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Her-Story Merit Badge, Expert Level, Part I

The adorable, always humorous MBA Jane is my way of honoring our Sisterhood Merit Badge program, now with 7,428 dues-paying members who have earned an amazing number of merit badges so far—10,782 total! Take it away, MBA Jane!!! ~MaryJane 

Wondering who I am? I’m Merit Badge Awardee Jane (MBA Jane for short). In my former life  

For this week’s Each Other/Her-Story Expert Level Merit Badge, I settled down for a long nap, lovely weekend of my favorite thing (after snack food): reading.

Ah, books, how do I love thee?

Let me count the ways:

  • You are portable. No more boring bubble baths, late dentist appointments, or tedious business meetings. Not when you have a book.
  • You smell delicious. Did you know book smelling is a thing? Yep. It’s not just me with a strange addiction. There’s even a perfume for us novel sniffers: buy it here, or a roll-on oil for bibliophiles: buy it here.
  • You take me away to strange and fantastical places, all from the comfort of my own cozy chair.

Of course, there are more reasons, but time to get to our badge, Madge.

To earn my Expert Level badge, I needed to read two biographies, one featuring someone from the 1800s and one from the 1900s.

My trusty librarian at my side (Some people have replaced their friendly local librarians with an app like Goodreads or Amazon and the like, but I prefer my librarians to be of the flesh-and-blood variety. Call me old-fashioned.), I picked out my first book …

Pioneer Girl, by Laura Ingalls Wilder.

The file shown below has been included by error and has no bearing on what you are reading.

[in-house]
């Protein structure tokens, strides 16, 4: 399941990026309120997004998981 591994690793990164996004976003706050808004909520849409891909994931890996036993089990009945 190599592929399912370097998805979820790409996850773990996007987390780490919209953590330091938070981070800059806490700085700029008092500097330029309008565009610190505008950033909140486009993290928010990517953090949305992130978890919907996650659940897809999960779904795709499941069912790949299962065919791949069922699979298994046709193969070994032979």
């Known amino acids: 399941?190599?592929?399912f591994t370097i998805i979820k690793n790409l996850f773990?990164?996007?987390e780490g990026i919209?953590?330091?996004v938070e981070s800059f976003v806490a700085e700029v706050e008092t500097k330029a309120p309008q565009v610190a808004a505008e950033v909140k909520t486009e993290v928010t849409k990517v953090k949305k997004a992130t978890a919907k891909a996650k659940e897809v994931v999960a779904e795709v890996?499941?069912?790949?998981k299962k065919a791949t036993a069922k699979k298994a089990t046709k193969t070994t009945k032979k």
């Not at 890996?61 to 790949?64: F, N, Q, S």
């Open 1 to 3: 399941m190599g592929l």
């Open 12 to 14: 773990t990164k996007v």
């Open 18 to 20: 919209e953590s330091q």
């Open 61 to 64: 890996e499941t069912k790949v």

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I knew I wanted to read more about ‘Half-Pint,’ my favorite and bestest girlfriend of my childhood. Naturally, we had never actually met, but I feel Laura and I would have gotten along famously, had we only been alive at the same time in history. Of course, there are simply scads of biographies written about my Bestie, but I wanted the info straight from the horse’s mouth, so to speak.

Ah, Bunny! Laura’s trusty steed would have liked me, too. I just know it.

I ate up Pioneer Girl like it was going out of style. Some interesting facts I learned about her:

  • Pa’s nickname for Laura was his “little half-pint of cider, half drunk up.”
  • She was quite small, only 4’ 11”. “Though she be but little, she is fierce.” -Shakespeare.
  • It took 65 years for Laura to become a published author, in 1932 (she was born February 7, 1867).
  • She was told writing fiction for children was a waste of time. Good thing the stubborn farmgirl didn’t listen!
  • She wrote all of her books on both sides of yellow tablet paper, in pencil, in order to save money and conserve paper.
  • The Little House books have never been out of print since the ‘30s.
  • Today, the estimated worth of the Little House fortune is $100 million. The heir to the fortune is Abigail MacBride Allen, the daughter of Roger Lea MacBride. Roger was Rose Wilder Lane’s business agent and lawyer. He was also the 1976 Libertarian candidate for President and a co-producer of the Little House on the Prairie television series.
  • Laura met Almanzo, her “Manly,” in a hay field, after she was cutting through the field on a shortcut. He hollered at her to get her attention. How romantic?!
  • In 1891, Laura accidently burned their house down. Oops. This makes me feel much better about my own cooking skills.
  • Her daughter, Rose, was also an intrepid farmgirl in her own right, known for being independent and strong-willed. During World War II, she flat-out refused the government’s ration cards, and instead grew all her own food. She also quit writing during that time to reduce her taxes. She knew the value of a dollar!